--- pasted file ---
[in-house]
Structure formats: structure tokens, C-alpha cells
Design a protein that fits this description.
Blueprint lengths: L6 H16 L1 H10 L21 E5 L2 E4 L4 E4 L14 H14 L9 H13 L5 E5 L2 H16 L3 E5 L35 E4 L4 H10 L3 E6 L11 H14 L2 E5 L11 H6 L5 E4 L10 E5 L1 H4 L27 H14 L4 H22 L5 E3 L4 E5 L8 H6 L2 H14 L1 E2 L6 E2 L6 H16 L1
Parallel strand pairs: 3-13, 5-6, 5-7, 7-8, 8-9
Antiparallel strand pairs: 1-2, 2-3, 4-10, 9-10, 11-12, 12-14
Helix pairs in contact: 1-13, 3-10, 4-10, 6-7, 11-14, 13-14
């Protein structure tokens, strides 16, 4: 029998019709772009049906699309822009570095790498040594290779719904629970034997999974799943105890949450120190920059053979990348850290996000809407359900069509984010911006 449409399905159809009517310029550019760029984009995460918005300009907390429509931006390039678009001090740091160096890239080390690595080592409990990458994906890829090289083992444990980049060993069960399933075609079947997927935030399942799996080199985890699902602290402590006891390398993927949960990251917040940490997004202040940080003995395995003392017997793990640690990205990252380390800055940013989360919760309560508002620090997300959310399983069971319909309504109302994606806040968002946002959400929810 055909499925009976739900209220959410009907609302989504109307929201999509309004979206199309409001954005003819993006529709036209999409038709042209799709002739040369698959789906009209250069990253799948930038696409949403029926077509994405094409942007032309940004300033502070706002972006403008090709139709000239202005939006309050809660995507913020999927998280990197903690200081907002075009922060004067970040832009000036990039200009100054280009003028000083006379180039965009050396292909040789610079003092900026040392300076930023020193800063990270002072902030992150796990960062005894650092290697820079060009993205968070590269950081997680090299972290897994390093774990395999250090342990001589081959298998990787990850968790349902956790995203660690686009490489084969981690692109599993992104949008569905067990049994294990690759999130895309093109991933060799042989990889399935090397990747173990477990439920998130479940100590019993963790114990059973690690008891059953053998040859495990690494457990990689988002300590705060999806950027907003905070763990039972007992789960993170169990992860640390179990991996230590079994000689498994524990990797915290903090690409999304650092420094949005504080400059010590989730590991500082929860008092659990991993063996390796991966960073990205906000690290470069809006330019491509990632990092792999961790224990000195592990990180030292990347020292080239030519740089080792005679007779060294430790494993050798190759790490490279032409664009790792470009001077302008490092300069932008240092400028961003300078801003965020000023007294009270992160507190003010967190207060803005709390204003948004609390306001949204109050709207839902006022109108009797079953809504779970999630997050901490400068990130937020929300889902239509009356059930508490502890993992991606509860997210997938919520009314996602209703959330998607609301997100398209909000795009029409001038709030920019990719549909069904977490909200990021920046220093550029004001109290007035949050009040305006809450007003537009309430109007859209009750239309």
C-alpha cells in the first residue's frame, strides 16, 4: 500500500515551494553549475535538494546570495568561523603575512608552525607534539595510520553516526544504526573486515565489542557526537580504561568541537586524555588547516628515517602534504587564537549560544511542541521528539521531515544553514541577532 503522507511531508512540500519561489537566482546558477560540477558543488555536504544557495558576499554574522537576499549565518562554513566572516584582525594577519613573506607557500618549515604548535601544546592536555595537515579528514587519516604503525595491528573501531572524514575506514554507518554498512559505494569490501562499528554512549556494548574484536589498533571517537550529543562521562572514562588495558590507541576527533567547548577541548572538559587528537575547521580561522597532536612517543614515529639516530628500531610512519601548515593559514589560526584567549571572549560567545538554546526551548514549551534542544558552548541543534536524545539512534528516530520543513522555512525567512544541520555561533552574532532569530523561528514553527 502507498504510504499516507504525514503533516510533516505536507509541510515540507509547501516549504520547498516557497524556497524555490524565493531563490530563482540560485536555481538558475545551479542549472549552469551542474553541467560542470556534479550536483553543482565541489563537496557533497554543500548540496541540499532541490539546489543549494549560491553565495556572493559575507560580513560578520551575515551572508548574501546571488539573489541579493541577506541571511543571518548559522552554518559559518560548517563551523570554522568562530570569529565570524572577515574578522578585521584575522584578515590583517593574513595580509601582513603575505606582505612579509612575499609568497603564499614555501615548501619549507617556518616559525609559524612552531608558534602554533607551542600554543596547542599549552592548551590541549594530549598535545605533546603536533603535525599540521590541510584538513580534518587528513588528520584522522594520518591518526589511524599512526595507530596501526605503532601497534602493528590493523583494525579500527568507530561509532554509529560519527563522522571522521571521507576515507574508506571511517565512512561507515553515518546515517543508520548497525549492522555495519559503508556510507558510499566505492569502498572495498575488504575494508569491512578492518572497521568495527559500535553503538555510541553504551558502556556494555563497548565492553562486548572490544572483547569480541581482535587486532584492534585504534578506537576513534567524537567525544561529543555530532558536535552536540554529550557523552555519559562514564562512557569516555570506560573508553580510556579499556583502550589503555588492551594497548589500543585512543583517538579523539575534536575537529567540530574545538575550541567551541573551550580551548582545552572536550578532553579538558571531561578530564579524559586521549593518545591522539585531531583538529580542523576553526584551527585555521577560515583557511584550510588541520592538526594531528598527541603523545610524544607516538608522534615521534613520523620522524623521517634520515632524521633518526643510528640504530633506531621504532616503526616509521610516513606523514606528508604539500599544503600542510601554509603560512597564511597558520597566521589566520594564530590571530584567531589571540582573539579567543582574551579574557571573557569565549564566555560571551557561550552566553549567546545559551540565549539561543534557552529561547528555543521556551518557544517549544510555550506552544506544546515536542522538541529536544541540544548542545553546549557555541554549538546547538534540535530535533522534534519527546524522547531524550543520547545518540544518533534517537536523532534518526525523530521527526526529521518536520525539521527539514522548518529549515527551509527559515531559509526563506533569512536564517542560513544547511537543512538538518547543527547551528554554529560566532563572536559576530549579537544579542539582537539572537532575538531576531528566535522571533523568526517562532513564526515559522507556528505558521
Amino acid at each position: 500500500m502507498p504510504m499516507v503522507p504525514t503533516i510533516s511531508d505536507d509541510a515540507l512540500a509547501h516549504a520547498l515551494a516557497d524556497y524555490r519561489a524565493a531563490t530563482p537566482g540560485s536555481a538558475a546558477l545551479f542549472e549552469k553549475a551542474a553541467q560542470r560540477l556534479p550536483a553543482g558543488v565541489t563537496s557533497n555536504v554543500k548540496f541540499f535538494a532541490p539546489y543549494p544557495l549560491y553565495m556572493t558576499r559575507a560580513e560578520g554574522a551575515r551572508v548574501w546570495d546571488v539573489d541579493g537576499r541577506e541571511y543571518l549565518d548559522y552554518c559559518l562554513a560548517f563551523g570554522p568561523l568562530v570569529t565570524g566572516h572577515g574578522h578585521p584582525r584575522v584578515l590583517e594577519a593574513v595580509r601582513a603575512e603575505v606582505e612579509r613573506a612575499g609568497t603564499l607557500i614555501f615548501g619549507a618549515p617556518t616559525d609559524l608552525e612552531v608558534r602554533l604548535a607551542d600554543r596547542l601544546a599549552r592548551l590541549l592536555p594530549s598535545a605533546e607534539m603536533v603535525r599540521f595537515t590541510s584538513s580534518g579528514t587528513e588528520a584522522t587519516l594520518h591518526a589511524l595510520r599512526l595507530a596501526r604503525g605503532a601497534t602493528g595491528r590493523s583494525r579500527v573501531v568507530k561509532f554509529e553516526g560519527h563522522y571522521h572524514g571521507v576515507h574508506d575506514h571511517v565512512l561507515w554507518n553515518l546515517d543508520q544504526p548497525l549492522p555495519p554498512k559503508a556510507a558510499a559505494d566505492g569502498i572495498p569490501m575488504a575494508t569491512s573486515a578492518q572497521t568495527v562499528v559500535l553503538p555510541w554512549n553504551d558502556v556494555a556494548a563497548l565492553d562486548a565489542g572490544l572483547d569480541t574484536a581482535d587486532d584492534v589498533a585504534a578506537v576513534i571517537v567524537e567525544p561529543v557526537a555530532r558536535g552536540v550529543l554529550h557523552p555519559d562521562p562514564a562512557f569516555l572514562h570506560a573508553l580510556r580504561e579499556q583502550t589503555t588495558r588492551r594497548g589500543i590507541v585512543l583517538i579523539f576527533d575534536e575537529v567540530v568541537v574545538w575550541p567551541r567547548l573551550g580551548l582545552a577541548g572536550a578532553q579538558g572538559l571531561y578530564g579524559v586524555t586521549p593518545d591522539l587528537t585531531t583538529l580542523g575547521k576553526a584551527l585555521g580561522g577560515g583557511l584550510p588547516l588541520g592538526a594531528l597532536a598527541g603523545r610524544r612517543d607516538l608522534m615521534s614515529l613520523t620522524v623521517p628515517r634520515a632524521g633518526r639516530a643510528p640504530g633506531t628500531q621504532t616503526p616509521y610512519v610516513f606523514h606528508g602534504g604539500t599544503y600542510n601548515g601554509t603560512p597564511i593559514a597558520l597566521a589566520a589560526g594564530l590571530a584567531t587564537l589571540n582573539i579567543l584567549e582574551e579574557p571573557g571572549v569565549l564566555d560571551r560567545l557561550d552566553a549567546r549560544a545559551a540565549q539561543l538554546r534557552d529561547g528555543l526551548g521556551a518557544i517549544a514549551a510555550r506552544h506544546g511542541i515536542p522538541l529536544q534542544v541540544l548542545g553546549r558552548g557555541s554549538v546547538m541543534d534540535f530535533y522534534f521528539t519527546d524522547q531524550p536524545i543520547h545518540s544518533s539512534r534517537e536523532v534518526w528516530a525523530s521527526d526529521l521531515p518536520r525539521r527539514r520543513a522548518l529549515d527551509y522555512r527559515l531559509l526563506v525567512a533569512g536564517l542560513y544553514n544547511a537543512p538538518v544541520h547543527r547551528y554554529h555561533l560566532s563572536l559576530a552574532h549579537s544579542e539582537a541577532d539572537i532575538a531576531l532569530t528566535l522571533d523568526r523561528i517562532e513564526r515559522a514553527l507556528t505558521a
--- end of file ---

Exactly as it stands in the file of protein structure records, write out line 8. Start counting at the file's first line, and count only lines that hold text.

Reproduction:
């Protein structure tokens, strides 16, 4: 029998019709772009049906699309822009570095790498040594290779719904629970034997999974799943105890949450120190920059053979990348850290996000809407359900069509984010911006 449409399905159809009517310029550019760029984009995460918005300009907390429509931006390039678009001090740091160096890239080390690595080592409990990458994906890829090289083992444990980049060993069960399933075609079947997927935030399942799996080199985890699902602290402590006891390398993927949960990251917040940490997004202040940080003995395995003392017997793990640690990205990252380390800055940013989360919760309560508002620090997300959310399983069971319909309504109302994606806040968002946002959400929810 055909499925009976739900209220959410009907609302989504109307929201999509309004979206199309409001954005003819993006529709036209999409038709042209799709002739040369698959789906009209250069990253799948930038696409949403029926077509994405094409942007032309940004300033502070706002972006403008090709139709000239202005939006309050809660995507913020999927998280990197903690200081907002075009922060004067970040832009000036990039200009100054280009003028000083006379180039965009050396292909040789610079003092900026040392300076930023020193800063990270002072902030992150796990960062005894650092290697820079060009993205968070590269950081997680090299972290897994390093774990395999250090342990001589081959298998990787990850968790349902956790995203660690686009490489084969981690692109599993992104949008569905067990049994294990690759999130895309093109991933060799042989990889399935090397990747173990477990439920998130479940100590019993963790114990059973690690008891059953053998040859495990690494457990990689988002300590705060999806950027907003905070763990039972007992789960993170169990992860640390179990991996230590079994000689498994524990990797915290903090690409999304650092420094949005504080400059010590989730590991500082929860008092659990991993063996390796991966960073990205906000690290470069809006330019491509990632990092792999961790224990000195592990990180030292990347020292080239030519740089080792005679007779060294430790494993050798190759790490490279032409664009790792470009001077302008490092300069932008240092400028961003300078801003965020000023007294009270992160507190003010967190207060803005709390204003948004609390306001949204109050709207839902006022109108009797079953809504779970999630997050901490400068990130937020929300889902239509009356059930508490502890993992991606509860997210997938919520009314996602209703959330998607609301997100398209909000795009029409001038709030920019990719549909069904977490909200990021920046220093550029004001109290007035949050009040305006809450007003537009309430109007859209009750239309």